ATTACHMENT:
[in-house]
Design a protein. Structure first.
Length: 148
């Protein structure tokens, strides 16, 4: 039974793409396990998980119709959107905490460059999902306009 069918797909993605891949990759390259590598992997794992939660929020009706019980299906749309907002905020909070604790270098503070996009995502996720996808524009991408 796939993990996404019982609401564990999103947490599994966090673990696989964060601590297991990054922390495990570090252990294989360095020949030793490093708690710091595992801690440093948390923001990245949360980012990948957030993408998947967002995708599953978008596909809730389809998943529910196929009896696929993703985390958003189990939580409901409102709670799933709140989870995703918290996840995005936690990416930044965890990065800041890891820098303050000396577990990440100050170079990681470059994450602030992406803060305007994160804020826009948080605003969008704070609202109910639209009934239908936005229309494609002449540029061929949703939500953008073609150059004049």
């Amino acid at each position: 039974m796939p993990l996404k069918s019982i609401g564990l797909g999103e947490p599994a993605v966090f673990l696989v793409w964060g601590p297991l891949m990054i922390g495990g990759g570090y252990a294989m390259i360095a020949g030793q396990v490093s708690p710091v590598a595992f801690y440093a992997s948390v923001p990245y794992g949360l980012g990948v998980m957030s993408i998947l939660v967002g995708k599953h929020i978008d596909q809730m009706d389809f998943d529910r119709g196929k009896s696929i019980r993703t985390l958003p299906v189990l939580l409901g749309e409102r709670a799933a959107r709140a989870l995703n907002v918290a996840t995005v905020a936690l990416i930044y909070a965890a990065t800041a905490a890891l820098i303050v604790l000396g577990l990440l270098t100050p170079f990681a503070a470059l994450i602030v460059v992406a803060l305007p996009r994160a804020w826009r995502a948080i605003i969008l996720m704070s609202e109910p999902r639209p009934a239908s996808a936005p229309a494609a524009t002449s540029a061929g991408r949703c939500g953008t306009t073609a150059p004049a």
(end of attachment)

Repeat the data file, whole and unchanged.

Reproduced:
[in-house]
Design a protein. Structure first.
Length: 148
């Protein structure tokens, strides 16, 4: 039974793409396990998980119709959107905490460059999902306009 069918797909993605891949990759390259590598992997794992939660929020009706019980299906749309907002905020909070604790270098503070996009995502996720996808524009991408 796939993990996404019982609401564990999103947490599994966090673990696989964060601590297991990054922390495990570090252990294989360095020949030793490093708690710091595992801690440093948390923001990245949360980012990948957030993408998947967002995708599953978008596909809730389809998943529910196929009896696929993703985390958003189990939580409901409102709670799933709140989870995703918290996840995005936690990416930044965890990065800041890891820098303050000396577990990440100050170079990681470059994450602030992406803060305007994160804020826009948080605003969008704070609202109910639209009934239908936005229309494609002449540029061929949703939500953008073609150059004049």
């Amino acid at each position: 039974m796939p993990l996404k069918s019982i609401g564990l797909g999103e947490p599994a993605v966090f673990l696989v793409w964060g601590p297991l891949m990054i922390g495990g990759g570090y252990a294989m390259i360095a020949g030793q396990v490093s708690p710091v590598a595992f801690y440093a992997s948390v923001p990245y794992g949360l980012g990948v998980m957030s993408i998947l939660v967002g995708k599953h929020i978008d596909q809730m009706d389809f998943d529910r119709g196929k009896s696929i019980r993703t985390l958003p299906v189990l939580l409901g749309e409102r709670a799933a959107r709140a989870l995703n907002v918290a996840t995005v905020a936690l990416i930044y909070a965890a990065t800041a905490a890891l820098i303050v604790l000396g577990l990440l270098t100050p170079f990681a503070a470059l994450i602030v460059v992406a803060l305007p996009r994160a804020w826009r995502a948080i605003i969008l996720m704070s609202e109910p999902r639209p009934a239908s996808a936005p229309a494609a524009t002449s540029a061929g991408r949703c939500g953008t306009t073609a150059p004049a």